Joshua’s final remarks to the Israelites are sprinkled with important reminders. I’ve posted three of the prominent ones this week. At the end of that came his call to commitment, found in the famous words of Joshua 24:14-15, “So fear the LORD and serve him wholeheartedly. Put away forever the idols your ancestors worshiped when they lived beyond the Euphrates River and in Egypt. Serve the LORD alone. But if you refuse to serve the LORD, then choose today whom you will serve. Would you prefer the gods your ancestors served beyond the Euphrates? Or will it be the gods of the Amorites in whose land you now live? But as for me and my family, we will serve the LORD” (NLT).
In so many words, Joshua was saying, “I can only speak for me. Each one of you has to make his or her own choice about who you will serve and the kind of life you will live.” The people responded by saying, “We will serve the Lord.” Upon hearing that commitment, Joshua rolled a single stone in front of them and declared that the rock had heard their commitments and would bear witness to those promises to serve the Lord from that day forward.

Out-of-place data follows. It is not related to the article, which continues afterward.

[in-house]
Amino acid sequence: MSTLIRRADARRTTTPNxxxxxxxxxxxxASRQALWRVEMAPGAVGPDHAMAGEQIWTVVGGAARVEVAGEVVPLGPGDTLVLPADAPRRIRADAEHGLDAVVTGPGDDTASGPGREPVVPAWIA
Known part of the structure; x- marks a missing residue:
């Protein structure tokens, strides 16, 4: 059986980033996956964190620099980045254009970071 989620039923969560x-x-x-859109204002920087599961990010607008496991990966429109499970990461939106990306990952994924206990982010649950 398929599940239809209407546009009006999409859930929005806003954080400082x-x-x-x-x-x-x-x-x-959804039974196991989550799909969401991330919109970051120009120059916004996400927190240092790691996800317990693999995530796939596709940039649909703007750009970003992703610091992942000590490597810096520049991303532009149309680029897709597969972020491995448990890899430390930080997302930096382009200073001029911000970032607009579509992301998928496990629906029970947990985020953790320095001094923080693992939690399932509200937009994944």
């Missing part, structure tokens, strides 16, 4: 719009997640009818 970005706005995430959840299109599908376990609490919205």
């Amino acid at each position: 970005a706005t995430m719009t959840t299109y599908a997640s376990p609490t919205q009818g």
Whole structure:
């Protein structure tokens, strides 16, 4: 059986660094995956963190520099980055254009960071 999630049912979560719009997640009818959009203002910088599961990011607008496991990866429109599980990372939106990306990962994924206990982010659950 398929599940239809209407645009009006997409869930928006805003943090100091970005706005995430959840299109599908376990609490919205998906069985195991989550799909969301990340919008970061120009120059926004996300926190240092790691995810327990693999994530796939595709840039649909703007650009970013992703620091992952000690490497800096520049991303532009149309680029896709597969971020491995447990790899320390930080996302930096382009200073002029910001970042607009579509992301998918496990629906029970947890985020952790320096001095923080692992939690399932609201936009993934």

The book began with twelve stones being placed in a pile to serve as a memorial to the Lord parting the waters of the Jordan River. Those twelve stones symbolized the twelve tribes of Israel as a corporate body. But this single stone represented each person’s unique and private commitment to God.
At the end of the day, Joshua was right. He could only speak for himself. He couldn’t make a pledge, promise, or vow for another. The same is true today. I can only speak for me and you can only speak for you. I was reminded of a quote this morning that made me think of this principle. The quote was, “Be the change you want to see in the world.”
Too many times we want to make others responsible for what could be. We want political candidates and government officials to provide change. We want teachers and coaches to make the needed difference in our homes and communities. We want doctors and medicines to somehow turn back the clock and fix our medical challenges, regardless of the fact that we have spent years neglecting our personal health. We want church leaders and pastors to be the catalysts for hope in our congregation. But as I’ve said before, I can only speak for me and you can only speak for you. The choice is ours.